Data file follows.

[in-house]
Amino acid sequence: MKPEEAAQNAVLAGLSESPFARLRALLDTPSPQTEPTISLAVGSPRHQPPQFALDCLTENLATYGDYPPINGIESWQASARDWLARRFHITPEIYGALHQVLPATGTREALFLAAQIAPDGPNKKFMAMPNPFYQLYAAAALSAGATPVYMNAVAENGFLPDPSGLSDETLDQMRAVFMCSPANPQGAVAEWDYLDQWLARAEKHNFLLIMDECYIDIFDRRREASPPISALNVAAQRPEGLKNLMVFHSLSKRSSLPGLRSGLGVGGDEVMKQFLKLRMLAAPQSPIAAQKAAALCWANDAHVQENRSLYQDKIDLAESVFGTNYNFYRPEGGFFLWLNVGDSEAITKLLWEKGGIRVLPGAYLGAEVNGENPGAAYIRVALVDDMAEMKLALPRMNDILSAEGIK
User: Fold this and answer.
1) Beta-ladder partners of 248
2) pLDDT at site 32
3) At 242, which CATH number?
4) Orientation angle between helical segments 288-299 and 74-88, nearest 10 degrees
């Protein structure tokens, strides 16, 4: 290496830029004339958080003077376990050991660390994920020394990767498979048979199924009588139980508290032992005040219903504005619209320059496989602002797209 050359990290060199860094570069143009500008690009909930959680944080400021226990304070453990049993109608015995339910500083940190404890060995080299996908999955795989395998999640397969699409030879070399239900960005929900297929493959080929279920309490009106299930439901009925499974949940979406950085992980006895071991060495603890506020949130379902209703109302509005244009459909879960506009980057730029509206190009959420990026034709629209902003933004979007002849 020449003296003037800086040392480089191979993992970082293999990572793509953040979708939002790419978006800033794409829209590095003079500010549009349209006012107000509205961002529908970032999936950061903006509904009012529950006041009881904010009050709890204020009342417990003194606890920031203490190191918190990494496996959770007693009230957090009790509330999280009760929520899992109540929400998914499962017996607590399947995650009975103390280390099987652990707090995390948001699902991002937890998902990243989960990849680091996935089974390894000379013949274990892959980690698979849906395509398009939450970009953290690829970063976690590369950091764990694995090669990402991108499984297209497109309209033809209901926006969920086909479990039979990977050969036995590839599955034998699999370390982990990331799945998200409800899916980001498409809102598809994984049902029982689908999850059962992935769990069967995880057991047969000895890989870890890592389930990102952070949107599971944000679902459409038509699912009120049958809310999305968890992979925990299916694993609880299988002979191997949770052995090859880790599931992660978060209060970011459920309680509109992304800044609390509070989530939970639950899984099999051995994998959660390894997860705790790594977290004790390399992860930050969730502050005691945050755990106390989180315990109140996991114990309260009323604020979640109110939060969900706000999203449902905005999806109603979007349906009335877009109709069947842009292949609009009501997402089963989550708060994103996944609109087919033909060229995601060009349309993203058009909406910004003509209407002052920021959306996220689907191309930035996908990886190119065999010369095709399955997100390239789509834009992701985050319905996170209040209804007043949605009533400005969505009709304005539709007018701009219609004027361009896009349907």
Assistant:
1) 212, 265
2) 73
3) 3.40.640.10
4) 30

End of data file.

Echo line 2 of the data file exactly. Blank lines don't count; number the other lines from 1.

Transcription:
Amino acid sequence: MKPEEAAQNAVLAGLSESPFARLRALLDTPSPQTEPTISLAVGSPRHQPPQFALDCLTENLATYGDYPPINGIESWQASARDWLARRFHITPEIYGALHQVLPATGTREALFLAAQIAPDGPNKKFMAMPNPFYQLYAAAALSAGATPVYMNAVAENGFLPDPSGLSDETLDQMRAVFMCSPANPQGAVAEWDYLDQWLARAEKHNFLLIMDECYIDIFDRRREASPPISALNVAAQRPEGLKNLMVFHSLSKRSSLPGLRSGLGVGGDEVMKQFLKLRMLAAPQSPIAAQKAAALCWANDAHVQENRSLYQDKIDLAESVFGTNYNFYRPEGGFFLWLNVGDSEAITKLLWEKGGIRVLPGAYLGAEVNGENPGAAYIRVALVDDMAEMKLALPRMNDILSAEGIK